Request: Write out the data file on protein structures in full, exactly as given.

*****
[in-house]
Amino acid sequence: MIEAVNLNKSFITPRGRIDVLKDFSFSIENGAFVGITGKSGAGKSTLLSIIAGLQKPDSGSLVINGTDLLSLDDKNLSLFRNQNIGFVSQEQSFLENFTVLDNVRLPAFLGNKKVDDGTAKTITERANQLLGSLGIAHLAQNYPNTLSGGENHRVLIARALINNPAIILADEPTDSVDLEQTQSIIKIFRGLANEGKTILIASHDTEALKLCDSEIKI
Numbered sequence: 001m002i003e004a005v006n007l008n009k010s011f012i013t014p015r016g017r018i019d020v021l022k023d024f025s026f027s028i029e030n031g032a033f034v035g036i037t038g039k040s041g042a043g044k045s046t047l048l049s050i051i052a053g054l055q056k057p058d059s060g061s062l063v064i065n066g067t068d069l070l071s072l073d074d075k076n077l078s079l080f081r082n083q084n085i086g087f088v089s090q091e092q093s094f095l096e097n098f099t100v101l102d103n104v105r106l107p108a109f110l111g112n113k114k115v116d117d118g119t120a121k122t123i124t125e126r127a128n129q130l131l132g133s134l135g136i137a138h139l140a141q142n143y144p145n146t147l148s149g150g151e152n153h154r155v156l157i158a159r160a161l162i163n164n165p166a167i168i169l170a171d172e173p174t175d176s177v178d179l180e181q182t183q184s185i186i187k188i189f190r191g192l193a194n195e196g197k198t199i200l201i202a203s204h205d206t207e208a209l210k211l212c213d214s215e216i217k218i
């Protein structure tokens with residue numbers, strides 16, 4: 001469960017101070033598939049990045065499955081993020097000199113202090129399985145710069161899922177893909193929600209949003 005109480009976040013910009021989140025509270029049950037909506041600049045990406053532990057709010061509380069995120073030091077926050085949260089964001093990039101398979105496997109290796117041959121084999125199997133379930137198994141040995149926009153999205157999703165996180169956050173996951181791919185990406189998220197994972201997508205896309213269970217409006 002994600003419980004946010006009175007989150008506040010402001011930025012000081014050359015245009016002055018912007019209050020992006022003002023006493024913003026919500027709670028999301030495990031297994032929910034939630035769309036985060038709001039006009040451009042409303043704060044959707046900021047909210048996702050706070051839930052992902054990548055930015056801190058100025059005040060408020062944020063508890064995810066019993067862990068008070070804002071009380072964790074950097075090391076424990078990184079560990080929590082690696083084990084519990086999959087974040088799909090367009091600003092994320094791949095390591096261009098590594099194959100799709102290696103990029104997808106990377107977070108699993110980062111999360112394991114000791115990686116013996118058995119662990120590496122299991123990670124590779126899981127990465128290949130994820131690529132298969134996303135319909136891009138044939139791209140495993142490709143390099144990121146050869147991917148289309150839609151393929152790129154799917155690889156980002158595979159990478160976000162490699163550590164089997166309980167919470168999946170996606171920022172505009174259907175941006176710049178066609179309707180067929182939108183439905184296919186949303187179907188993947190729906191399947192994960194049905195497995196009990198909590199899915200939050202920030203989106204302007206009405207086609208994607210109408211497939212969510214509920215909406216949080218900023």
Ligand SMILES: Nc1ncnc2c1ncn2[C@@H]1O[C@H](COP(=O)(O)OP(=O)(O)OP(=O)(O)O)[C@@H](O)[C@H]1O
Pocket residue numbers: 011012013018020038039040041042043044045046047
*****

[in-house]
Amino acid sequence: MIEAVNLNKSFITPRGRIDVLKDFSFSIENGAFVGITGKSGAGKSTLLSIIAGLQKPDSGSLVINGTDLLSLDDKNLSLFRNQNIGFVSQEQSFLENFTVLDNVRLPAFLGNKKVDDGTAKTITERANQLLGSLGIAHLAQNYPNTLSGGENHRVLIARALINNPAIILADEPTDSVDLEQTQSIIKIFRGLANEGKTILIASHDTEALKLCDSEIKI
Numbered sequence: 001m002i003e004a005v006n007l008n009k010s011f012i013t014p015r016g017r018i019d020v021l022k023d024f025s026f027s028i029e030n031g032a033f034v035g036i037t038g039k040s041g042a043g044k045s046t047l048l049s050i051i052a053g054l055q056k057p058d059s060g061s062l063v064i065n066g067t068d069l070l071s072l073d074d075k076n077l078s079l080f081r082n083q084n085i086g087f088v089s090q091e092q093s094f095l096e097n098f099t100v101l102d103n104v105r106l107p108a109f110l111g112n113k114k115v116d117d118g119t120a121k122t123i124t125e126r127a128n129q130l131l132g133s134l135g136i137a138h139l140a141q142n143y144p145n146t147l148s149g150g151e152n153h154r155v156l157i158a159r160a161l162i163n164n165p166a167i168i169l170a171d172e173p174t175d176s177v178d179l180e181q182t183q184s185i186i187k188i189f190r191g192l193a194n195e196g197k198t199i200l201i202a203s204h205d206t207e208a209l210k211l212c213d214s215e216i217k218i
């Protein structure tokens with residue numbers, strides 16, 4: 001469960017101070033598939049990045065499955081993020097000199113202090129399985145710069161899922177893909193929600209949003 005109480009976040013910009021989140025509270029049950037909506041600049045990406053532990057709010061509380069995120073030091077926050085949260089964001093990039101398979105496997109290796117041959121084999125199997133379930137198994141040995149926009153999205157999703165996180169956050173996951181791919185990406189998220197994972201997508205896309213269970217409006 002994600003419980004946010006009175007989150008506040010402001011930025012000081014050359015245009016002055018912007019209050020992006022003002023006493024913003026919500027709670028999301030495990031297994032929910034939630035769309036985060038709001039006009040451009042409303043704060044959707046900021047909210048996702050706070051839930052992902054990548055930015056801190058100025059005040060408020062944020063508890064995810066019993067862990068008070070804002071009380072964790074950097075090391076424990078990184079560990080929590082690696083084990084519990086999959087974040088799909090367009091600003092994320094791949095390591096261009098590594099194959100799709102290696103990029104997808106990377107977070108699993110980062111999360112394991114000791115990686116013996118058995119662990120590496122299991123990670124590779126899981127990465128290949130994820131690529132298969134996303135319909136891009138044939139791209140495993142490709143390099144990121146050869147991917148289309150839609151393929152790129154799917155690889156980002158595979159990478160976000162490699163550590164089997166309980167919470168999946170996606171920022172505009174259907175941006176710049178066609179309707180067929182939108183439905184296919186949303187179907188993947190729906191399947192994960194049905195497995196009990198909590199899915200939050202920030203989106204302007206009405207086609208994607210109408211497939212969510214509920215909406216949080218900023």
Ligand SMILES: Nc1ncnc2c1ncn2[C@@H]1O[C@H](COP(=O)(O)OP(=O)(O)OP(=O)(O)O)[C@@H](O)[C@H]1O
Pocket residue numbers: 011012013018020038039040041042043044045046047